W3C home > Mailing lists > Public > www-xkms@w3.org > August 2003

XKMS Last Call Issue 304 Resolution

From: <Frederick.Hirsch@nokia.com>
Date: Tue, 5 Aug 2003 14:42:56 -0400
Message-ID: <E320A8529CF07E4C967ECC2F380B0CF901E41F3A@bsebe001.americas.nokia.com>
To: <www-xkms@w3.org>

{Note this message is BCC'd to Carlisle Adams and Tim Moses in the hope of avoiding spam email address harvesting from the archive.)

Carlisle

Thank you for raising the issues on XKMS captured in Last Call issue #304 [1]. 

The work group discussed these issues and agreed on the following resolutions which will be adopted unless additional concerns are raised. (The original issue text follows the body of the original issue message, marked with [A-E].)

1) Section 2.6: Two Phase Request Protocol. [A]

The work group agreed that item 1 is a reasonable point, but that we should stay with our current approach since it works, even though is different. 

2) need to add a MinorResult of "MustRepresent" to the second table in 3.3.1.1. [B]

Work group agrees, MinorResult error code of RepresentRequired was added to the latest draft in section 3.3.1.1 line 122 - see [2]

3 Section 3.3.2:  The last line of the first paragraph says, "This provides a cryptographic linkage between the request and the response." Note that it's only a "cryptographic linkage" if the response is signed or cryptographically protected in some other way. The conditions in the remainder of the section do not say this. [C]

Work group agrees, this is fixed with the following text at line 123 in the latest draft [2]:
"If the response is signed this provides a cryptographic linkage between the request and the response."

4. Client key pair registration example [D]

There is no key identifier in a key authentication signature because the key is specified by the key authentication type. A proof of possession can ONLY be authenticated by the subject key. Similarly for the symmetric authentication mode. Leaving out the key identifiers deliberately prevents the possibility of error, checking against the wrong key.

5. [E]
The work group agrees with the proposal to change the text in 6.1.2 to say "as described in Section 8.1; see also Appendix C.1.3".
 
This change has been made to the latest draft at line 248, [3]

Regarding the aside, the key derivation algorithm is carried over from v1.0 of the spec. You raise a good point which may require further WG discussion and possibly a new issue. Apart from this the XKMS WG believes your comments have been addressed and assumes issue 304 is closed unless we hear otherwise.

The XKMS WG would like to thank you for reviewing and commenting on the draft XKMS specification.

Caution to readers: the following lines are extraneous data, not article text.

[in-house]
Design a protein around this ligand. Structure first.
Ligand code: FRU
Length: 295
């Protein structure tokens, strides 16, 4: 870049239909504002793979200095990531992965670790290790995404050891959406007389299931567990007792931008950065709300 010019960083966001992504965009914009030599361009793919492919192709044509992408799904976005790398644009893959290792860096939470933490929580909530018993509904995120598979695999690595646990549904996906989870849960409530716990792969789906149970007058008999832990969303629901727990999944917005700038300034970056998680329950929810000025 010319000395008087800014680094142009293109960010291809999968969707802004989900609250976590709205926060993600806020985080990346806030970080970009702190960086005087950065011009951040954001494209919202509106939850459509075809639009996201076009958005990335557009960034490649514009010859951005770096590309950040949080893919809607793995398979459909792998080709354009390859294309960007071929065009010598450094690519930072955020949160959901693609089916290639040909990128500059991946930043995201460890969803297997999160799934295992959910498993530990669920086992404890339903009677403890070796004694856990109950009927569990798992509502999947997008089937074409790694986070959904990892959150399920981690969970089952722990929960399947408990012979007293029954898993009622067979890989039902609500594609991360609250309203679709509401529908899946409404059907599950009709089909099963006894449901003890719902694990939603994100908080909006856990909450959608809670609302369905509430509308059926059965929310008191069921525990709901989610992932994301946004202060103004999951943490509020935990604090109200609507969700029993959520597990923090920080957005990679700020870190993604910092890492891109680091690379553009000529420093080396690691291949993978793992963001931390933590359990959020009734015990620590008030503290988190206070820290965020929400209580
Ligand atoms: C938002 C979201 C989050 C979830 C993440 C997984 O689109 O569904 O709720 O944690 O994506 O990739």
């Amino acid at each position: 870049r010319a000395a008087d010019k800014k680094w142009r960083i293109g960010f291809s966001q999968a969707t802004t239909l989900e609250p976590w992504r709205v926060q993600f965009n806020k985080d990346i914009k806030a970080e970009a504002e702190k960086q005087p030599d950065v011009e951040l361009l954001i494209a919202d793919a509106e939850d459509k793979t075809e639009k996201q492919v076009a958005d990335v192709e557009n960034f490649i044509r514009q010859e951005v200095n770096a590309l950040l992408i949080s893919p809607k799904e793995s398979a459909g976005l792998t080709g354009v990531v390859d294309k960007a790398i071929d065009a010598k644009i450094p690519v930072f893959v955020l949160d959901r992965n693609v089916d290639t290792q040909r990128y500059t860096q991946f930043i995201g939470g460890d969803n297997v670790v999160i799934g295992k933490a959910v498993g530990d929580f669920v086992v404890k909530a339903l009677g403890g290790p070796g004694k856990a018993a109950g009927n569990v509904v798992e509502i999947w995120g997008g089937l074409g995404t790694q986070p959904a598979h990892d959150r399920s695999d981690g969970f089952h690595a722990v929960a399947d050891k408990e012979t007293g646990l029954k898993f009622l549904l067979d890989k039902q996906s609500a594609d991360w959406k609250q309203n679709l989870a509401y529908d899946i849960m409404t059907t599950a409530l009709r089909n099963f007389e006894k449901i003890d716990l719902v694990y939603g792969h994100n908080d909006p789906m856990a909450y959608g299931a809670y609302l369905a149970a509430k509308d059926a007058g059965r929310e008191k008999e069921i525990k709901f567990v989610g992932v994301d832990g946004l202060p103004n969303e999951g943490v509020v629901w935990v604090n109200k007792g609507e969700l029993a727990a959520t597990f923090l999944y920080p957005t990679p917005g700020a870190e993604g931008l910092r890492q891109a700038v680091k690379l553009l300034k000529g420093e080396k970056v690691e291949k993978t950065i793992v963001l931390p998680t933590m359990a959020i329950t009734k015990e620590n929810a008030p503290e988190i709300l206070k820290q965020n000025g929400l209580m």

Regards, 
Frederick Hirsch on behalf of the XKMS WG 

 
Frederick Hirsch
Nokia Mobile Phones

[1] http://www.w3.org/2001/XKMS/Drafts/xkms-spec-lastcall-issues.html

[2] Section 3.3 latest draft: http://www.w3.org/2001/XKMS/Drafts/XKMS-20030723/#XKMS_2_0_LC3_Section_3_3

[3] Section 6.1 latest draft: http://www.w3.org/2001/XKMS/Drafts/XKMS-20030723/#XKMS_2_0_LC3_Section_6_1

[A]
Section 2.6: Two Phase Request Protocol. As far as I can tell from the text, the purpose of the two phase protocol and the nonce is for the service to protect itself against Denial of Service attacks and against replay attacks. So why is it sensible to make the client trigger this by including "Represent" in the first request message? How does the client know that the service will want to do this? On p.15 it says that if the service requires use of the two phase protocol and the requester did not put "Represent" in the request, then the service is to return a MajorResult of "Receiver" and a MinorResult of "MustRepresent". This logic seems odd -- almost as if the service is returning an error for a badly-formed request (even though the requester can't have known beforehand that this was needed). It would be preferable, I think, to simply send the regular response with a MajorResult of "Represent"; if the requester can't deal with this, then *it* should send the error message. 

[B]
Section 3.3.1: Element . Related to the previous comment, I'll just note that if you want to keep the interchange the way it is currently specified then you need to add a MinorResult of "MustRepresent" to the second table in 3.3.1.1. 

[C]
Section 3.3.2: Element . The last line of the first paragraph says, "This provides a cryptographic linkage between the request and the response." Note that it's only a "cryptographic linkage" if the response is signed or cryptographically protected in some other way. The conditions in the remainder of the section do not say this. 

[D]
Section 6.1.1: Example: Registration of Client-Generated Key Pair. In the element, there is no key identifier. How is the service supposed to know which key to use to verify this binding? Is it supposed to be implied from the elements in ? If so (or if there's some other way that the service is supposed to figure this out), shouldn't this be specified somewhere so that implementers know what to build? 

[E]
Section 6.1.2: Example: Registration of Service-Generated Key Pair. The third paragraph talks about encrypting the returned private key using a symmetric key derived from the authentication code and includes the following text: "as described in Appendix C.1.3". But Appendix C.1.3 does not describe this process in any way. What should be said is "as described in Section 8.1; see also Appendix C.1.3". [As an aside, was the key derivation algorithm in Section 8.1 created for the purposes of this specification? Are there not standard ones out there (e.g., in FIPS, ANSI, etc.) that could have been used instead?] 
Received on Tuesday, 5 August 2003 14:43:12 GMT

This archive was generated by hypermail 2.2.0+W3C-0.50 : Tuesday, 27 October 2009 08:39:20 GMT